I’ve been reading comics for a very, very long time, ever since 1974. The first comic I ever read was Uncanny X-Men #87, back in April 1974. It was a reprint of issue #38 and the X-Men weren’t doing well. All of the issues from #67-93 were reprints and it wasn’t until the title was rebooted with Giant Sized X-Men #1 and issue #94 of the monthly that the X-Men that we all know and love came into being.
That was a very long time ago and this year, the X-Men are 50 years old. To celebrate the classic run, Marvel is putting out a double-sized one-shot anthology called X-Men Gold. Let’s take a look at it, shall we?
There are five stories, each examining a somewhat different view of the early X-Men. We start off with Chris Claremont, easily one of the most influential creators in the history of the X-Men, with a story that falls around the time of X-Men #174. Coincidentally, it comes close on the heels of the Japan storyline that was vaguely the plot of last summer’s The Wolverine movie, but as I’ve said in the past, this era has a lot of meaning and fond memories for me. Unfortunately, this story just was not as well done as I remember the old stories being. While I suppose it’s supposed to be nostalgic, I just get “bad writing” out of it. Seriously, anyone who has ever read the X-Men, and this is clearly meant for those who are familiar with the characters, doesn’t need to know any of the exposition. It’s especially absurd when Rogue, wearing her full-body suit, gets upset that Kitty Pryde is going to touch her with ungloved hands and then they spend several pages explaining Rogue’s powers. Why? Makes no sense, it just wastes time. Even the old comics weren’t this clumsy and Claremont has had 40 years to figure out how to do it better. Maybe he’s just senile because this isn’t anything that the old master would do.
The second story comes from the minds of Stan Lee, Louise Simonson and Walt Simonson, who produce a five-page short that, while pointless and somewhat absurd, is at least cute. All of the male X-Men are having a race to the Danger Room because Jean Grey promised to date whoever got there first. Walt Simonson’s art is excellent as always and the writing is fun, but beyond that there’s really not much there.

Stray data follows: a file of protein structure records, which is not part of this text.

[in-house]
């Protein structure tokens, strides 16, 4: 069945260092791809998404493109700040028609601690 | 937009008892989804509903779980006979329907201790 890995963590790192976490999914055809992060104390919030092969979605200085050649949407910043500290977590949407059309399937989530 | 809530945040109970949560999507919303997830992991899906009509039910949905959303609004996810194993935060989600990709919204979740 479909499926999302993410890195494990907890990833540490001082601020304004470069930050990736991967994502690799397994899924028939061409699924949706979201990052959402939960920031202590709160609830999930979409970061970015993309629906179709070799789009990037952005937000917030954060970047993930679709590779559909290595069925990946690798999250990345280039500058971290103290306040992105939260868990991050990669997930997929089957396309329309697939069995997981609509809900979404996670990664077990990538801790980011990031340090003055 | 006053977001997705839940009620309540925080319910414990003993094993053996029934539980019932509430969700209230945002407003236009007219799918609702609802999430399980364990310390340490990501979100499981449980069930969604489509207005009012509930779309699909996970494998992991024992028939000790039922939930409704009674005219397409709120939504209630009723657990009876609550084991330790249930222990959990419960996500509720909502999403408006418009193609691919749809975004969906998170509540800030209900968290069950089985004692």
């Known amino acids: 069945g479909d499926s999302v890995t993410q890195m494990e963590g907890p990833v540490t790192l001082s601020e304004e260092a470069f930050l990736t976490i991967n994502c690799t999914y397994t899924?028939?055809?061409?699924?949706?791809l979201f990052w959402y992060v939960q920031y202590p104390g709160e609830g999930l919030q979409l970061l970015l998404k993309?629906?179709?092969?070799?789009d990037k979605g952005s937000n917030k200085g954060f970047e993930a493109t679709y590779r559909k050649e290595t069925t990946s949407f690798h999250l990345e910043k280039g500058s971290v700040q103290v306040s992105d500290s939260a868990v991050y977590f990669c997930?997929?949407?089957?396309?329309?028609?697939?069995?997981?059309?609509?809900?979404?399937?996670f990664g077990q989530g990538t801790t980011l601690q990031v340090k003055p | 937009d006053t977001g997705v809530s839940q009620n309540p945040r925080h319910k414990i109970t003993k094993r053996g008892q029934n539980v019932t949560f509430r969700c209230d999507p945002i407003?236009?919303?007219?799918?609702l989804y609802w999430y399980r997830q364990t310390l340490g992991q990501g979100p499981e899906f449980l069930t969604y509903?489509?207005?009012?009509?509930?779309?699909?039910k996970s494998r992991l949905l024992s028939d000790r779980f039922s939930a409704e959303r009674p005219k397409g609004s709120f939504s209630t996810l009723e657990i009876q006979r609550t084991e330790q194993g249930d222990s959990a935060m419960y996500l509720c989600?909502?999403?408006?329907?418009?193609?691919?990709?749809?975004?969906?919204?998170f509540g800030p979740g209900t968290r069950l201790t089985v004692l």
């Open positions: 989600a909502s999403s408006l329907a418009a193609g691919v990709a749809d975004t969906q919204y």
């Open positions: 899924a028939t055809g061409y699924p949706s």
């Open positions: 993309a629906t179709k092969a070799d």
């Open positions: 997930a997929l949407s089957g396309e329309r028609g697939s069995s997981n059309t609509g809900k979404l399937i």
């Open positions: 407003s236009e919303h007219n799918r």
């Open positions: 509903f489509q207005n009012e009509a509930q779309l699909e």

The third comes from Roy Thomas and Pat Olliffe, showing another 5-page story, this time about Banshee and Sunfire meeting up in Nashville, Georgia and fighting because they think each of them belong to their hated nemeses, the X-Men. When they realize they have nothing to fight about, they revel in their common love for Elvis Presley. Yeah, it’s as dumb as it sounds, honestly it sounded like they were on a date and might end up in bed together. The art is pretty inconsistent, but given what Olliffe is given to work with, he probably couldn’t have done better.
Fourth, we get Len Wein and Jorge Molina doing a story called “Options” in which Wolverine, in the middle of the events from Giant Sized X-Men #1, considered how he would take out all of his fellow X-Men, should he need to. In doing so, he sounded a lot more like Batman than Wolverine and frankly, Wolverine never struck me as the planning sort back in the day, he was a feral animal, not a thoughtful planner. Still, it was well done, at least as much as anything else in this comic.
Last comes Fabian Nicieza and Salvador Larroca’s “Dreams Brighten”, an odd duck in the batch. It depicts a “bright future” where Professor X and Magneto have worked together to save the world, only to have Professor X murder his companions in the end because, for some reason, the world is better off without mutants. Um, yeah, that’s a good story to tell in a 50th anniversary retrospective on a comic that made mutants popular.
I was really hoping to like this comic. I love the X-Men of old, certainly a lot more than I like some of their modern incarnations, but nothing in this comic made me look back with nostalgia or made me remember the good times. If a new fan to the X-Men took a look at this, I can see them quietly putting the regular X-Men comics back on the shelf, or replacing the trade paperbacks of the 1980s issues and walking away. This is not how those comics were, this is horrible. I think most of the people involved ought to be rightfully ashamed of what they’ve done to the memories and traditions of the Uncanny X-Men. Those were better days and they deserve respect, not the cheesy Claremont take-off or the out-of-the-closet story by Thomas.
Now excuse me, I think I’m going to go back and read some of those original 1980s stories and see if they’re still as awesome as I remember them being.
And yes, for those wondering, they are.